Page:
Hide and Seek is the sequel to Finders Keepers. Written by best-selling author Catherine Palmer, this romance novel celebrates life and love. It clearly shows that despite our desire to hide from life, the only safe hiding place is in God. Author Catherine Palmer is an award-winning fiction writer in both the general and religious markets. Sales of her twenty books have exceeded one million copies! This latest work is sure to please fiction lovers of all ages.
Together, the seven fearless friends known as The Sisterhood have served sweet justice to villains who thought they were above the law. But payback has its price, and the Sisterhood's last assignment almost landed them in jail. Now the women are fugitives with a bounty on their heads, but they're not planning on hiding out for longnot when good friends need the kind of help only they can give. Mitch Riley, the ruthless assistant director of the FBI, intends to frame Cornelia "Nellie" Easter, the judge who helped the Sisterhood evade prison, and their lawyer, Lizzie Fox, in order to save his own career. He's created a special task force to hunt the Sisters down. Mitch has the entire FBI behind him, but he's about to discover that he's no match for seven formidable women with an unbreakable bond and a wickedly cunning plan to bring the fight right to his door.
As Elephant counts from one to ten, all the animals find special places to hide. When it's time to seek, will he be able to find everyone . . . even Chameleon? Like Na's previous books, Hide & Seek offers rich illustrations, bright colors, and a simple, spare text—all wrapped up in a beautiful kid-friendly package. Elephant counts from one to ten in big, bold numerals, and there's an additional butterfly on each spread, giving readers something to count as the story goes along. Kids will also love spotting the camouflaged chameleon on every page!
Now in PDF. Play I-spy with your toddler and they'll learn about life on the farm. Hunt for farmyard favorites and much more with your toddler - they'll love playing I-spy and spotting animals and machines in farmyard scenes. Your child will want to return to the book again and again, as they try to spot all the different things from a sleeping sheepdog, a tractor and a cow, to Dotty the ladybird who's hiding in every scene. Read it together and help them turn the pages as they solve riddles and spot fun surprises. With over 300 fabulous objects to find your toddler will love learning about life on the farm.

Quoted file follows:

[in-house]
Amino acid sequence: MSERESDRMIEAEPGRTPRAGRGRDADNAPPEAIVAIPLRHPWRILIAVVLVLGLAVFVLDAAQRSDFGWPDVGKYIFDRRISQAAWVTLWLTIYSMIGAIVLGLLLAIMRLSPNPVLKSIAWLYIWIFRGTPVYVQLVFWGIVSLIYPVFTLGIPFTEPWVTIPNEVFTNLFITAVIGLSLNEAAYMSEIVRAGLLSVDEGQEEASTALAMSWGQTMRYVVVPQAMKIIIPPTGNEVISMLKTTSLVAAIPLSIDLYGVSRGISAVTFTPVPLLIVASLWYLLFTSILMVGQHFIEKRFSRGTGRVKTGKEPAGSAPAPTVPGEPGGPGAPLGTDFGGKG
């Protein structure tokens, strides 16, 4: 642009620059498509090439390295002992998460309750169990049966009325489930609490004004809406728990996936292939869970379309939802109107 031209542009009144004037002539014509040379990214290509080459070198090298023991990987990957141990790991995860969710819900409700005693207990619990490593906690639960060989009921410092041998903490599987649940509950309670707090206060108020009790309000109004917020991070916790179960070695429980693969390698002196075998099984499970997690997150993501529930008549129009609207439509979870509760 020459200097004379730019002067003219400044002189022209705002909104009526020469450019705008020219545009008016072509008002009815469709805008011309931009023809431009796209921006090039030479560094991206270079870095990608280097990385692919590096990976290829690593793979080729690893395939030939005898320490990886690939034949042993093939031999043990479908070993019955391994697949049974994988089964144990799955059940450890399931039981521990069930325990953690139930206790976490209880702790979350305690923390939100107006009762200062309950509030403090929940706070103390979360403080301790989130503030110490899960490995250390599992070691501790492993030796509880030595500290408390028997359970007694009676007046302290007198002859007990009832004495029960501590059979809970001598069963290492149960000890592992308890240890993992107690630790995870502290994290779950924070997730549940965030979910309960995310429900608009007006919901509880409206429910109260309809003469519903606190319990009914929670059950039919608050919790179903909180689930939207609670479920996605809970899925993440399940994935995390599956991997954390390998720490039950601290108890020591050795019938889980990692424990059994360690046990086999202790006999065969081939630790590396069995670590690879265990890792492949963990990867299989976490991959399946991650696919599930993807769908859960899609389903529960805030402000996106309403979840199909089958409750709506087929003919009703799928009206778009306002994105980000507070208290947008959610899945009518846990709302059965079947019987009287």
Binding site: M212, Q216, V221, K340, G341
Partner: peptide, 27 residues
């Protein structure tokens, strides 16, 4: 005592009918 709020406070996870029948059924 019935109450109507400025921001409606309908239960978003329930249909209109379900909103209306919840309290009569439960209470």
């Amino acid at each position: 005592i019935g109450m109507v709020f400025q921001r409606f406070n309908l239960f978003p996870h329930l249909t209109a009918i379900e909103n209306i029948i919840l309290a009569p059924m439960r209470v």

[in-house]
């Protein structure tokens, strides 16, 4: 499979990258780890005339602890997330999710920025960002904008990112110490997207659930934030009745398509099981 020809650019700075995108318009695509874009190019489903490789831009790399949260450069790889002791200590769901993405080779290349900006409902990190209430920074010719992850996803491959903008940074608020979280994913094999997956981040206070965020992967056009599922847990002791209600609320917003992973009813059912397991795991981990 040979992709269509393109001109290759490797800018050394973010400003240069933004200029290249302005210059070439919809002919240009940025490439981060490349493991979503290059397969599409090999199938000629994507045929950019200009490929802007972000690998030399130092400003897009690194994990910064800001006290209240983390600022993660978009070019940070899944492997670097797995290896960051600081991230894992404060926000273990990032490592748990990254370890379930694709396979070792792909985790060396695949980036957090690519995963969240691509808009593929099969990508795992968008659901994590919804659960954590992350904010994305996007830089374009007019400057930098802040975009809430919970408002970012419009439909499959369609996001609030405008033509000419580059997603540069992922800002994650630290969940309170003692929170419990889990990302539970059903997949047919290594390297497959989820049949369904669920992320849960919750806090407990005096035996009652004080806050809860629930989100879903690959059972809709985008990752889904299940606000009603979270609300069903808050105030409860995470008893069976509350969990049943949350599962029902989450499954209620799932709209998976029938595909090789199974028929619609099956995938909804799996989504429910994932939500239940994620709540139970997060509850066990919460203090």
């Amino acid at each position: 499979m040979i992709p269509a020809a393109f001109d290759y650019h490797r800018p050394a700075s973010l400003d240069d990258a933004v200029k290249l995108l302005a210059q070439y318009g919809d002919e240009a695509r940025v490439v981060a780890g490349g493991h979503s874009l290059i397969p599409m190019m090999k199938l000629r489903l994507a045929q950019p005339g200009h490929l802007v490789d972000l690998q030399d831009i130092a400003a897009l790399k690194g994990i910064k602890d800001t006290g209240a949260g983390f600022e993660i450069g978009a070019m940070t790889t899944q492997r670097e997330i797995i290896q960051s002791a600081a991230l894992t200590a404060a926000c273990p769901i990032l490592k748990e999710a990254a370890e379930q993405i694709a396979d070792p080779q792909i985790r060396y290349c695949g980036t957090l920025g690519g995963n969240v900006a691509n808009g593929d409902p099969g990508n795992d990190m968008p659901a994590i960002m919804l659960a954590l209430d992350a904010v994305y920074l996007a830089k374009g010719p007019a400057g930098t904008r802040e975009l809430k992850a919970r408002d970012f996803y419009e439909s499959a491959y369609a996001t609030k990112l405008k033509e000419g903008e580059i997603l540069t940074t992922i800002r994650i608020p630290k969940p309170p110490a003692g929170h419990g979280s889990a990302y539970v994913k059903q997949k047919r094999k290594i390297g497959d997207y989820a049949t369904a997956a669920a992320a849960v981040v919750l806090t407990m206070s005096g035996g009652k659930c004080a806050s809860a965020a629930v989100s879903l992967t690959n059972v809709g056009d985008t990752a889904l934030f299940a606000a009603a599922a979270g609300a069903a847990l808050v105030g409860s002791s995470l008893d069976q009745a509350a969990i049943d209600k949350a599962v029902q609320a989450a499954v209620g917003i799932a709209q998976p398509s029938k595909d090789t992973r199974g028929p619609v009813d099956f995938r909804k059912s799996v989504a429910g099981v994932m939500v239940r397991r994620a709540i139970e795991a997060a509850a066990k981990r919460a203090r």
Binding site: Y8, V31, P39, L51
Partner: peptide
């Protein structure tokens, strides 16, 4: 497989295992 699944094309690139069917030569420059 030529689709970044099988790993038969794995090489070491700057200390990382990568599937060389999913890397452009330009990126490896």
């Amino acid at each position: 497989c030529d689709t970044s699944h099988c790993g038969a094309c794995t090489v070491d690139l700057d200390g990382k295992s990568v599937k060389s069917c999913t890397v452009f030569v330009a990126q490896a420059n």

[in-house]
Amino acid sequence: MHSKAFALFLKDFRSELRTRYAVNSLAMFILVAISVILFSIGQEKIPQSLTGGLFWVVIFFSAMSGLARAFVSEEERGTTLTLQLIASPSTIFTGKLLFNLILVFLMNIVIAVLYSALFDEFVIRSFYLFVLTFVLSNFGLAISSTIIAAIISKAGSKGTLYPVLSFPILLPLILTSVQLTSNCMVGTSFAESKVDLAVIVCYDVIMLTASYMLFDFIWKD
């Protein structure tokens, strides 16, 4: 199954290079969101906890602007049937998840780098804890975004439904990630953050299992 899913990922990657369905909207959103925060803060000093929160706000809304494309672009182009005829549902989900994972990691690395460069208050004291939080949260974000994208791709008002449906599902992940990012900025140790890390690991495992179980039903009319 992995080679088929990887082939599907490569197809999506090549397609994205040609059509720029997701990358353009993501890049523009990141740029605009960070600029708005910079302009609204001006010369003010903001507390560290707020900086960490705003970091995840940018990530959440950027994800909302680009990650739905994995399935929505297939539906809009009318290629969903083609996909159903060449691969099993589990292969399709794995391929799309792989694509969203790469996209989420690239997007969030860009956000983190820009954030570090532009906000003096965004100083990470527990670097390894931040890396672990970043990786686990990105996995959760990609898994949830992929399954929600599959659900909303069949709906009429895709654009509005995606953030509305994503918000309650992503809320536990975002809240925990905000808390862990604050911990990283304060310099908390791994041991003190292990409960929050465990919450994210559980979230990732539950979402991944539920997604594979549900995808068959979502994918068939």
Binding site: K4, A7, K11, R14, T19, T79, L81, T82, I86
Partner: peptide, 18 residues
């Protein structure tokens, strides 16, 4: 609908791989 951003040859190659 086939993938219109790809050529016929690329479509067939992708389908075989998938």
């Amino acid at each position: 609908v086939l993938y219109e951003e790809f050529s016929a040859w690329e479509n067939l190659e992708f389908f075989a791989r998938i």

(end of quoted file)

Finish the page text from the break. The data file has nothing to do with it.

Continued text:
The second Inspector Rebus novel from 'Britain's No.1 crime writer' DAILY MIRROR. A junkie lies dead in an Edinburgh squat, spreadeagled, cross-like on the floor, between two burned-down candles, a five-pointed star daubed on the wall above. Just another dead addict - until John Rebus begins to chip away at the indifference, treachery, deceit and sleaze that lurks behind the facade of the Edinburgh familiar to tourists. Only Rebus seems to care about a death which looks more like a murder every day, about a seductive danger he can almost taste, appealing to the darkest corners of his mind...
In response to widespread cultural fantasies about the child--including childhood innocence, the child as origin of the adult, the fetal emergence of subjectivity, and the "inner child" movement--Hide and Seek examines representations of the child in fiction, psychoanalysis, and popular culture. Concentrating on the "go-between" function of the child in nineteenth- and twentieth-century American and British fiction, Virginia Blum shows how selected children in the works of L. P. Hartley, Charles Dickens, Henry James, and Vladimir Nabokov were actually fictional messengers who ultimately were unsuccessful at reconciling impasses in the adult world. Throughout her book Blum draws on pop images of real and fictional children, ranging from the Baby Jessica case, in which the idea of "real" paternity and family bonds comes to the mythic fore, to the film Home Alone, in which the abandoned child becomes protector of his family's hearth and home. Hide and Seek raises provocative questions about the ways in which our culture fetishizes the idea of the child at the same time that we treat with comparative indifference the conditions under which many real children actually live. "A work of striking originality and consistent intellectual honesty, forcing us into genuinely profound and darkly uncomfortable areas of speculation." -- James R. Kincaid, author of Child-Loving: The Erotic Child and Victorian Culture